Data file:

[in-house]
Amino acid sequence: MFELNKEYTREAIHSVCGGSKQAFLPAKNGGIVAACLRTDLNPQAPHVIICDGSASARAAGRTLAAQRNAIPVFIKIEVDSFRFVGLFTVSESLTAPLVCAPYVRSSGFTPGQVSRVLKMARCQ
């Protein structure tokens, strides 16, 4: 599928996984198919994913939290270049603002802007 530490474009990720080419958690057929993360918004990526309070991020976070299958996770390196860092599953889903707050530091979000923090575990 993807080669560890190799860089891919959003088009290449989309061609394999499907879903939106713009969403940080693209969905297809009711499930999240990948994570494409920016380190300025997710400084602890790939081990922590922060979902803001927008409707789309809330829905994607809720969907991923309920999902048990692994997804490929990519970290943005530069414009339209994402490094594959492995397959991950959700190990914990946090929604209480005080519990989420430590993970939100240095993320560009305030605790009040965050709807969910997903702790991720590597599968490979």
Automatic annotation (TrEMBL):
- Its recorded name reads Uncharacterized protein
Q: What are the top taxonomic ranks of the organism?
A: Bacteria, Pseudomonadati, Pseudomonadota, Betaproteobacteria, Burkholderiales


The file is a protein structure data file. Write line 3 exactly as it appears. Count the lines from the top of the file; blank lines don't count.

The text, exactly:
């Protein structure tokens, strides 16, 4: 599928996984198919994913939290270049603002802007 530490474009990720080419958690057929993360918004990526309070991020976070299958996770390196860092599953889903707050530091979000923090575990 993807080669560890190799860089891919959003088009290449989309061609394999499907879903939106713009969403940080693209969905297809009711499930999240990948994570494409920016380190300025997710400084602890790939081990922590922060979902803001927008409707789309809330829905994607809720969907991923309920999902048990692994997804490929990519970290943005530069414009339209994402490094594959492995397959991950959700190990914990946090929604209480005080519990989420430590993970939100240095993320560009305030605790009040965050709807969910997903702790991720590597599968490979």